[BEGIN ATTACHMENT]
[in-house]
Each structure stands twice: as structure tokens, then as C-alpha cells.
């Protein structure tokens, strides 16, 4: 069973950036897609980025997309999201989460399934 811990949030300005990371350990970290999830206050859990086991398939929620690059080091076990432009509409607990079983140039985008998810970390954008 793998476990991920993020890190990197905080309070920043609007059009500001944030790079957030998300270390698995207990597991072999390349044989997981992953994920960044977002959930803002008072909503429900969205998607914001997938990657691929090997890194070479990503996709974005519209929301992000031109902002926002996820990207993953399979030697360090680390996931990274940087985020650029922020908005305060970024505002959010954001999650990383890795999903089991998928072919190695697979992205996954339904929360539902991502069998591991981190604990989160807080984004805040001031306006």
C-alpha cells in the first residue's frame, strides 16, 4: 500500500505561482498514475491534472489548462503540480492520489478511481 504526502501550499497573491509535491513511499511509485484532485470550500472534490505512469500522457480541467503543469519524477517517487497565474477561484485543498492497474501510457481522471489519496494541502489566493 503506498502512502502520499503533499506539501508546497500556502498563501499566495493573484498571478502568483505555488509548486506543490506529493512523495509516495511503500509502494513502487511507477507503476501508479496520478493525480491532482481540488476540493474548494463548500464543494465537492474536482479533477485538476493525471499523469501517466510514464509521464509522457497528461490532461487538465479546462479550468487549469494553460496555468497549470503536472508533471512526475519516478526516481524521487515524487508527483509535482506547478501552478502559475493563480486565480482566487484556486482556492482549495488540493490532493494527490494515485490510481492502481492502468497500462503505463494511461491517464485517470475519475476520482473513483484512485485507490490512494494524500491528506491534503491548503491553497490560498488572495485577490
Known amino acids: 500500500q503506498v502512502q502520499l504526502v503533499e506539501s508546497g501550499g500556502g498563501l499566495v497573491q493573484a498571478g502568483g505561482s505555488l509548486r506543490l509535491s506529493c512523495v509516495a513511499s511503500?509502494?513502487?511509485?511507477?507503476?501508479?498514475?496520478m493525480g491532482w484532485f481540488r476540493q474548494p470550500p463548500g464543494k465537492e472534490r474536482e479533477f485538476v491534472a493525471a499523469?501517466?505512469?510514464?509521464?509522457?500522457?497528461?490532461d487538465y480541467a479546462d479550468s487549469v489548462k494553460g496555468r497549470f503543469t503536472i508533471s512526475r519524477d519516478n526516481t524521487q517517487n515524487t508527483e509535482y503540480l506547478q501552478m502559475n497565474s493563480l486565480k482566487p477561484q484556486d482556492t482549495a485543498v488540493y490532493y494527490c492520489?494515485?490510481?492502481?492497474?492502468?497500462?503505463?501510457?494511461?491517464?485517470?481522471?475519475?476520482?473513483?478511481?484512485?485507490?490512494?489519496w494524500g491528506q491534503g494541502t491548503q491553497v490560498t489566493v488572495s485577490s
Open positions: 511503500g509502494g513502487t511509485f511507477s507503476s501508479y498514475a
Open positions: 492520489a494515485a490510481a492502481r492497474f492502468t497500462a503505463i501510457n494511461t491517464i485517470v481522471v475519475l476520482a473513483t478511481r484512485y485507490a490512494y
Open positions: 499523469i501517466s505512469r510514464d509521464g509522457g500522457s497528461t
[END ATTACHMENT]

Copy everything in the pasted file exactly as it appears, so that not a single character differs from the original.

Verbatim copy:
[in-house]
Each structure stands twice: as structure tokens, then as C-alpha cells.
């Protein structure tokens, strides 16, 4: 069973950036897609980025997309999201989460399934 811990949030300005990371350990970290999830206050859990086991398939929620690059080091076990432009509409607990079983140039985008998810970390954008 793998476990991920993020890190990197905080309070920043609007059009500001944030790079957030998300270390698995207990597991072999390349044989997981992953994920960044977002959930803002008072909503429900969205998607914001997938990657691929090997890194070479990503996709974005519209929301992000031109902002926002996820990207993953399979030697360090680390996931990274940087985020650029922020908005305060970024505002959010954001999650990383890795999903089991998928072919190695697979992205996954339904929360539902991502069998591991981190604990989160807080984004805040001031306006």
C-alpha cells in the first residue's frame, strides 16, 4: 500500500505561482498514475491534472489548462503540480492520489478511481 504526502501550499497573491509535491513511499511509485484532485470550500472534490505512469500522457480541467503543469519524477517517487497565474477561484485543498492497474501510457481522471489519496494541502489566493 503506498502512502502520499503533499506539501508546497500556502498563501499566495493573484498571478502568483505555488509548486506543490506529493512523495509516495511503500509502494513502487511507477507503476501508479496520478493525480491532482481540488476540493474548494463548500464543494465537492474536482479533477485538476493525471499523469501517466510514464509521464509522457497528461490532461487538465479546462479550468487549469494553460496555468497549470503536472508533471512526475519516478526516481524521487515524487508527483509535482506547478501552478502559475493563480486565480482566487484556486482556492482549495488540493490532493494527490494515485490510481492502481492502468497500462503505463494511461491517464485517470475519475476520482473513483484512485485507490490512494494524500491528506491534503491548503491553497490560498488572495485577490
Known amino acids: 500500500q503506498v502512502q502520499l504526502v503533499e506539501s508546497g501550499g500556502g498563501l499566495v497573491q493573484a498571478g502568483g505561482s505555488l509548486r506543490l509535491s506529493c512523495v509516495a513511499s511503500?509502494?513502487?511509485?511507477?507503476?501508479?498514475?496520478m493525480g491532482w484532485f481540488r476540493q474548494p470550500p463548500g464543494k465537492e472534490r474536482e479533477f485538476v491534472a493525471a499523469?501517466?505512469?510514464?509521464?509522457?500522457?497528461?490532461d487538465y480541467a479546462d479550468s487549469v489548462k494553460g496555468r497549470f503543469t503536472i508533471s512526475r519524477d519516478n526516481t524521487q517517487n515524487t508527483e509535482y503540480l506547478q501552478m502559475n497565474s493563480l486565480k482566487p477561484q484556486d482556492t482549495a485543498v488540493y490532493y494527490c492520489?494515485?490510481?492502481?492497474?492502468?497500462?503505463?501510457?494511461?491517464?485517470?481522471?475519475?476520482?473513483?478511481?484512485?485507490?490512494?489519496w494524500g491528506q491534503g494541502t491548503q491553497v490560498t489566493v488572495s485577490s
Open positions: 511503500g509502494g513502487t511509485f511507477s507503476s501508479y498514475a
Open positions: 492520489a494515485a490510481a492502481r492497474f492502468t497500462a503505463i501510457n494511461t491517464i485517470v481522471v475519475l476520482a473513483t478511481r484512485y485507490a490512494y
Open positions: 499523469i501517466s505512469r510514464d509521464g509522457g500522457s497528461t